Skin can become blotchy as we age. To help moisturize and even out uneven spots, use chamomile tea. Simply boil 2 cups of water with 2 chamomile tea bags in it. Pour into a bowl and carefully place your face in the steam. To intensify the treatment, put a towel over your head. This will relax you while it conditions and lightens your skin.
Chamomile is loaded with beneficial antioxidants that help fight free radicals. This makes it useful in the prevention of bacteria that causes acne. Use the same steam method as mentioned above a few times a week to keep your pores clean and bacteria at bay.
Reduce swelling and pain
Swelling from overuse or injury can be very painful. Rather than look towards anti-inflammatory medication that can cause serious side-effects, try some chamomile tea. The tea is loaded with natural anti-inflammatory properties that go to work to help your body reduce swelling. Drink a few cups of tea to relax muscles or make a compress for the sore area uses cool tea.
Reduce blood sugar, keep vision, nerve and kidney damage at bay for diabetics
According to research, drinking a cup or two of chamomile tea after meals is an effective way for diabetics to reduce blood sugar and decrease their risk of vision, nerve and kidney damage.
Molecular Medicine Reports
“Studies suggest that chamomile ameliorates hyperglycemia and diabetic complications by suppressing blood sugar levels… [and] increasing liver glycogen storage…”
Reduce risk of thyroid and breast cancer
Many people in Greece enjoy herbal teas, especially chamomile tea. Not surprisingly, researchers have found that the rate of thyroid cancer in Greece is much lower than those found in the United States or Europe. It was found that persons who drank chamomile tea six times a week had a 70 percent less chance of developing thyroid cancer and those who consumed the tea regularly for thirty years had an 80 percent lower risk.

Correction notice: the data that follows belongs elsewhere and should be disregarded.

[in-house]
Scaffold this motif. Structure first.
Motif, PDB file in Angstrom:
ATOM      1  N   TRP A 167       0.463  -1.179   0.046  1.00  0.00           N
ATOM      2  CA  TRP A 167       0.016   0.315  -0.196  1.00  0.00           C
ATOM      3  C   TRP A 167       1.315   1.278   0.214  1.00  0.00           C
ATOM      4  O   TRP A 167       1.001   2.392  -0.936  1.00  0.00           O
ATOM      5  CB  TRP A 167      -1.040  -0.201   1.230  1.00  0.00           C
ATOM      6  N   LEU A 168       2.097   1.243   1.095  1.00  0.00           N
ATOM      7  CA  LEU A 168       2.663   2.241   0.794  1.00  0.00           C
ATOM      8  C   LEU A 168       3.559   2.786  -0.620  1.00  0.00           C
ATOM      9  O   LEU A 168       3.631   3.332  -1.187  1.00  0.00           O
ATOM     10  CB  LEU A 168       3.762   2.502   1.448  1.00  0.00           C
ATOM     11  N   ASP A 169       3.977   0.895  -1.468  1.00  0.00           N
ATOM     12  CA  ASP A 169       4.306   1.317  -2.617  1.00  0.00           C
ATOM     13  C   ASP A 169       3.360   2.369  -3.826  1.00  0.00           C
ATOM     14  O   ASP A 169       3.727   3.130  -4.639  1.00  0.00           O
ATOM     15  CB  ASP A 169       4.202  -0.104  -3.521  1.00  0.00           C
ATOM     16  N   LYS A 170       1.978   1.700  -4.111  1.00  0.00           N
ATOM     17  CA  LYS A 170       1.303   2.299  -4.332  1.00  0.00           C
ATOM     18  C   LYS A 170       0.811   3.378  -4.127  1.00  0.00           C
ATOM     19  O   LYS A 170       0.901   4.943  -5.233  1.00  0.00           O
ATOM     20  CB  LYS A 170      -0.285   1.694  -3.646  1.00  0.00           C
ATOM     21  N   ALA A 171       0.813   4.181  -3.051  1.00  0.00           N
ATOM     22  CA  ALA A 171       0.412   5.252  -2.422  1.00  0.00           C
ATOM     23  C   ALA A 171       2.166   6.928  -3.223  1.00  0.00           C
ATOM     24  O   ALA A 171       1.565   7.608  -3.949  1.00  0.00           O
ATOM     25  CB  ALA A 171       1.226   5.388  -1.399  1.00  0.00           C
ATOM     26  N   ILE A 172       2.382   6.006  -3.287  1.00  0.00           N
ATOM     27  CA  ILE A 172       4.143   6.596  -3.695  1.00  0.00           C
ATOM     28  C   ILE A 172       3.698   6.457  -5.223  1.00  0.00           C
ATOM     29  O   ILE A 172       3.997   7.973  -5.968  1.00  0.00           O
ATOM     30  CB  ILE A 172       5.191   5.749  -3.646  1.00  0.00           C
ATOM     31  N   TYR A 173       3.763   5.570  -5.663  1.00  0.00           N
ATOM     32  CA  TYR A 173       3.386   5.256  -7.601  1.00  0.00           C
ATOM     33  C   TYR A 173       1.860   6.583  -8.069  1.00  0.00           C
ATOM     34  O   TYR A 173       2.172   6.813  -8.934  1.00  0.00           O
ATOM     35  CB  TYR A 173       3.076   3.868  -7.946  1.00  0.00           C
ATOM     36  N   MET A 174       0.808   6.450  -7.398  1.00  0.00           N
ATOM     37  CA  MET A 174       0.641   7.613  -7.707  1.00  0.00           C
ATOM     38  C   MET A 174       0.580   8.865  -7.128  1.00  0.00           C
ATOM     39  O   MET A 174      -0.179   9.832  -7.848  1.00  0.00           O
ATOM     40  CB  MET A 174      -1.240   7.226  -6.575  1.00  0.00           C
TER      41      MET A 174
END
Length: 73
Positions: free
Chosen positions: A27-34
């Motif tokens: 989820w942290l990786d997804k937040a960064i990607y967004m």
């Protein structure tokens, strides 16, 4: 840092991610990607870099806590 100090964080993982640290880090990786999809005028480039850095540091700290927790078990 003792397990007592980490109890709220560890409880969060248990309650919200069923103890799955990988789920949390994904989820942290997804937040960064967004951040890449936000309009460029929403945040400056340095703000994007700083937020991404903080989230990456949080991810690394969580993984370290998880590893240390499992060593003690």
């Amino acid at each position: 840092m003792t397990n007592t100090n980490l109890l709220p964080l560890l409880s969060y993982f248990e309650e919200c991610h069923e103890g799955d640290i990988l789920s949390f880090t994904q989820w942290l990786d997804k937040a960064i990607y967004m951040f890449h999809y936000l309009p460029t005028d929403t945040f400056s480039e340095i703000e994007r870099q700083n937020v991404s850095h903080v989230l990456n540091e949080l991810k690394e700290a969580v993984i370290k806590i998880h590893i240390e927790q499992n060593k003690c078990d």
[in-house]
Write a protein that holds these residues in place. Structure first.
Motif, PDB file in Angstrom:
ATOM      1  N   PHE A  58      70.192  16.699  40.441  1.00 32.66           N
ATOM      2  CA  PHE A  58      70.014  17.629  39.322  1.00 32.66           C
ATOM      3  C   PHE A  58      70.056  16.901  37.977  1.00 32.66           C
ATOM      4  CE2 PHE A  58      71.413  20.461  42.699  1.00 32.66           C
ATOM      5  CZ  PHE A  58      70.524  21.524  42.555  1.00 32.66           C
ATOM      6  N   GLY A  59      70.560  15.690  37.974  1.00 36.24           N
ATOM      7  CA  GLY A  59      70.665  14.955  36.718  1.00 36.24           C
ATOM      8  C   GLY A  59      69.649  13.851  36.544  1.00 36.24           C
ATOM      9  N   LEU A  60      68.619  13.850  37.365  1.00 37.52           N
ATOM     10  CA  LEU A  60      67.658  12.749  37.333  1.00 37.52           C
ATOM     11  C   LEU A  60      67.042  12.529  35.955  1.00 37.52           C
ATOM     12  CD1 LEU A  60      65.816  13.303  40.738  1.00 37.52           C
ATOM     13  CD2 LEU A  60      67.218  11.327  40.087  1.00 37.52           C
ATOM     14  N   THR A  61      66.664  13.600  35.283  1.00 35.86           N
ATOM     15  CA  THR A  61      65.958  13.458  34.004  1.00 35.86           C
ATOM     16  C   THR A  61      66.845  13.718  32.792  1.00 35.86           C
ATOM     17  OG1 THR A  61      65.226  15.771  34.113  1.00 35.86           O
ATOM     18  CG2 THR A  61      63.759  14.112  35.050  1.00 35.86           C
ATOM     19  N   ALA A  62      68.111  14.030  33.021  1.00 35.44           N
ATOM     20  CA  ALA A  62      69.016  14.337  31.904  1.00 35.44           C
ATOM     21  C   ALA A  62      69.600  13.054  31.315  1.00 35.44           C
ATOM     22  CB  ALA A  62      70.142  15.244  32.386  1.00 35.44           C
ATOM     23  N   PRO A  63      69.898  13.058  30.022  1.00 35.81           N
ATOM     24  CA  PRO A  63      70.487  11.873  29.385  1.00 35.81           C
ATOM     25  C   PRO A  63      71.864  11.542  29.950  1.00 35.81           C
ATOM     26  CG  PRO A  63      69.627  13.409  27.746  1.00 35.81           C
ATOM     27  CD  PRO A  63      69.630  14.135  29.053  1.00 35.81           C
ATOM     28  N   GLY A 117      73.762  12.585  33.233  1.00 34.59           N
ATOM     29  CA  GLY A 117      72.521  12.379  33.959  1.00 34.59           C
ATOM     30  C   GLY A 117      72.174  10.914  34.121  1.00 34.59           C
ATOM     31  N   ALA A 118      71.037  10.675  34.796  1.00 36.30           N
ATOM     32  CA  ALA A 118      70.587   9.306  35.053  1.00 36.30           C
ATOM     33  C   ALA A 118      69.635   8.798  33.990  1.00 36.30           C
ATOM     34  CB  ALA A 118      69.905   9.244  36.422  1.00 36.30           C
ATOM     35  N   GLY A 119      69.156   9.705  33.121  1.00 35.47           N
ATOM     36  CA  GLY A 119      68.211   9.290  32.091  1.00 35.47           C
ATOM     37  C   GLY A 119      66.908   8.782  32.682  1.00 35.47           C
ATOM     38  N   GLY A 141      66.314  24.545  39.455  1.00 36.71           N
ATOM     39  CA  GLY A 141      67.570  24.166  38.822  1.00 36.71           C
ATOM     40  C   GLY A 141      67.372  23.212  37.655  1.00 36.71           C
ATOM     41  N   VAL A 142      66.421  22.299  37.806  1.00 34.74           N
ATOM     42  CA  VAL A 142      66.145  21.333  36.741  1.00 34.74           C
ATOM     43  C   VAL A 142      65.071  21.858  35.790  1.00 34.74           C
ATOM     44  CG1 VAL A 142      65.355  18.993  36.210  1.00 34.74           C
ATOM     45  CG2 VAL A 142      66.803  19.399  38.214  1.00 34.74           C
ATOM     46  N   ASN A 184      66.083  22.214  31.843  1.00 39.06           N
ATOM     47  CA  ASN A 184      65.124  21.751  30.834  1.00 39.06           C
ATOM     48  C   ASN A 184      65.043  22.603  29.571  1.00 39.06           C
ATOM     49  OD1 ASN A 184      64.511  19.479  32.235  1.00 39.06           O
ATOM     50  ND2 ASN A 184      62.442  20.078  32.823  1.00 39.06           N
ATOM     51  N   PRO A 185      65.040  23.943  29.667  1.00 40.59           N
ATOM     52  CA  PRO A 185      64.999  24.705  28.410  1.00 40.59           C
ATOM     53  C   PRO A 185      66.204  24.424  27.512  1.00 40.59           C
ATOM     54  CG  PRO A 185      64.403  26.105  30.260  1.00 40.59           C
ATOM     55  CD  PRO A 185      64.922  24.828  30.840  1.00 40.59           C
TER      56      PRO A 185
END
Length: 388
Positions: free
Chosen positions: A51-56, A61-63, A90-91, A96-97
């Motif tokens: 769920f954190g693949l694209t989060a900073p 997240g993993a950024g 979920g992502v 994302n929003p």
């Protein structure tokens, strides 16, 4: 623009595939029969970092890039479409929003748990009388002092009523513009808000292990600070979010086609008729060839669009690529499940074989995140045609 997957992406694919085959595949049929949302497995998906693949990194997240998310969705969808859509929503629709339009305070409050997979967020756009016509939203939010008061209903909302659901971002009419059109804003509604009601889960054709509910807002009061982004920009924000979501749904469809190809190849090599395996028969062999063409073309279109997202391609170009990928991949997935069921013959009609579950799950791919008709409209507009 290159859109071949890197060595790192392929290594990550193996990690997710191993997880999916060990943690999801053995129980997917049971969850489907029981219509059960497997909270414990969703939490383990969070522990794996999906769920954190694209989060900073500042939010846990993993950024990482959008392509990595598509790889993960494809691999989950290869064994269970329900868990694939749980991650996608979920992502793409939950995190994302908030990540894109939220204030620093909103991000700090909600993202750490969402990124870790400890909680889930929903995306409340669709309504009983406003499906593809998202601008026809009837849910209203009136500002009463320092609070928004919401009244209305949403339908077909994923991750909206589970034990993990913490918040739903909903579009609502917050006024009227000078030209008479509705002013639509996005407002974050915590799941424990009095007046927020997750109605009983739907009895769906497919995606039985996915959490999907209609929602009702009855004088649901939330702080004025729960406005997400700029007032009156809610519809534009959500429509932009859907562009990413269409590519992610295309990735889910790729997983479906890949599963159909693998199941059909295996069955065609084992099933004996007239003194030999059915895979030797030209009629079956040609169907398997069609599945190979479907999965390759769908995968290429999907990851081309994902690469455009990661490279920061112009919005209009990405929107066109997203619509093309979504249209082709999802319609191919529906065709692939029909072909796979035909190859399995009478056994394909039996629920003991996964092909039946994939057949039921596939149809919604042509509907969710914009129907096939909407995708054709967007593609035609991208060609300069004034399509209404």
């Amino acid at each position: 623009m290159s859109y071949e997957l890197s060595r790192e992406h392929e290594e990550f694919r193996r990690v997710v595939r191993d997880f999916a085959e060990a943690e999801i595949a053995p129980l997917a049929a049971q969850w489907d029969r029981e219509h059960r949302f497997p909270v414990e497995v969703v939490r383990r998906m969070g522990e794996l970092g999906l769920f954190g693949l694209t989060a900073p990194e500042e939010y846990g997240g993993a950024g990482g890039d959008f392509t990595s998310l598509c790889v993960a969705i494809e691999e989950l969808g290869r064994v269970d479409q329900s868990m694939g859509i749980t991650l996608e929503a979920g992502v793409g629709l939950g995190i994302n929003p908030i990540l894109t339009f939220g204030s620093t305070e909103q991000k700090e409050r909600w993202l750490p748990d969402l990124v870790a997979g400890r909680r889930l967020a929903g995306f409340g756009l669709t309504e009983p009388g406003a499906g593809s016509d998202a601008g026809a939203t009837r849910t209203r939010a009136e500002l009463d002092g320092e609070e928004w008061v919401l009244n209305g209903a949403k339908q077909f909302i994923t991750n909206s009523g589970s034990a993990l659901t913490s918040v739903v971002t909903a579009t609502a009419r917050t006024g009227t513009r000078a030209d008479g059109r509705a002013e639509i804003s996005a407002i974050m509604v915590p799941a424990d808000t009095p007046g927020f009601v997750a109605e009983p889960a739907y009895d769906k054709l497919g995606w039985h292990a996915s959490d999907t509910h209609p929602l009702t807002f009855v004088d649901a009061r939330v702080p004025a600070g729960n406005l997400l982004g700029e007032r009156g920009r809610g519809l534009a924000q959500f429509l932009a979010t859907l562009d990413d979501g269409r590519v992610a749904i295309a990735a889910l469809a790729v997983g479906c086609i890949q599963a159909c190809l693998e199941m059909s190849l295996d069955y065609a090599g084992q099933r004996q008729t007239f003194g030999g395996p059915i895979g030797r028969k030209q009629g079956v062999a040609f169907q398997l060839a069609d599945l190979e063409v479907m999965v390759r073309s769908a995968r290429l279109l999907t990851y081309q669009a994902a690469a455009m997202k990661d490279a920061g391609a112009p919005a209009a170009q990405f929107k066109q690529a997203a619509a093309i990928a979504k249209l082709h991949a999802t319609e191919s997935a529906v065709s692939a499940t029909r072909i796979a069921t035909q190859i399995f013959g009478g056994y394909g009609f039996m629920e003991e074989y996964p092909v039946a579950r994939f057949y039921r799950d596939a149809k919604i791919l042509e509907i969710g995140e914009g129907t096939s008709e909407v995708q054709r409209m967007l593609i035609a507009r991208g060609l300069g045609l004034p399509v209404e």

It is suspected that flavonoids in the chamomile such as apigenin, found also in celery, fruit, herbs, and parsley, contributes to its anti-cancer potency. In animal studies, apigenin has been found to shrink cancerous tumors.
A 2011 study showed that apigenin delayed the formation of tumors in rats with breast cancer. Another study conducted in 2013 showed that apigenin blocked the ability of breast cancer cells to stop their own death.
Sunburn, rashes, eczema and insect bites can be annoying and painful. Because of its anti-inflammatory properties, chamomile can ease the pain and irritation. In one study it was found that chamomile was 60 percent as effective as hydrocortisone cream.
Chamomile tea elevates levels of glycine which has been shown to calm muscle spasms. Glycine is a known nerve relaxant, which also makes it an effective anxiety and stress reliever.
Other Ways To Use Dried Chamomile Flowers
Here are a few suggested ways to use dry chamomile flowers (available to buy from here) for therapeutic use.
In the bath: For inflammation and irritated skin, add 2 ounces of dried flowers to warm bath water. Add 15 drops of tea tree essential oil for added benefit.
Gargle: Pour 4 ounces of boiling water over ½ ounce of dried flowers and let steep for ten minutes. Use as a gargle to reduce inflammation of mouth and throat.
Inhalation: To reduce inflammation in the upper respiratory tract, pour 4 ounces of boiling water over ½ ounce of dried flowers. Place a towel over your head and breathe in steam 1-3 times a day.
How to make a great cup of chamomile tea
Is there a right way and a wrong way to make a cup of tea? Some say that the potency of any tea rests in how well it is made. Here is a suggestion for making the best cup of chamomile tea.
1.Pour fresh water in a clean saucepan (one that you reserve for tea making).
2.Boil the water while you rinse and clean chamomile flowers (fresh or dry) in cold water.
3.Put 2-3 teaspoons of flowers (for every cup of water) in the water once it comes to a boil.
4.When the water turns color and you can smell the flower aroma, turn the heat off.
5.Strain tea into a cup.
6.Add raw honey to taste.
Note: Always check with a qualified health practitioner before using any herbal remedy at home.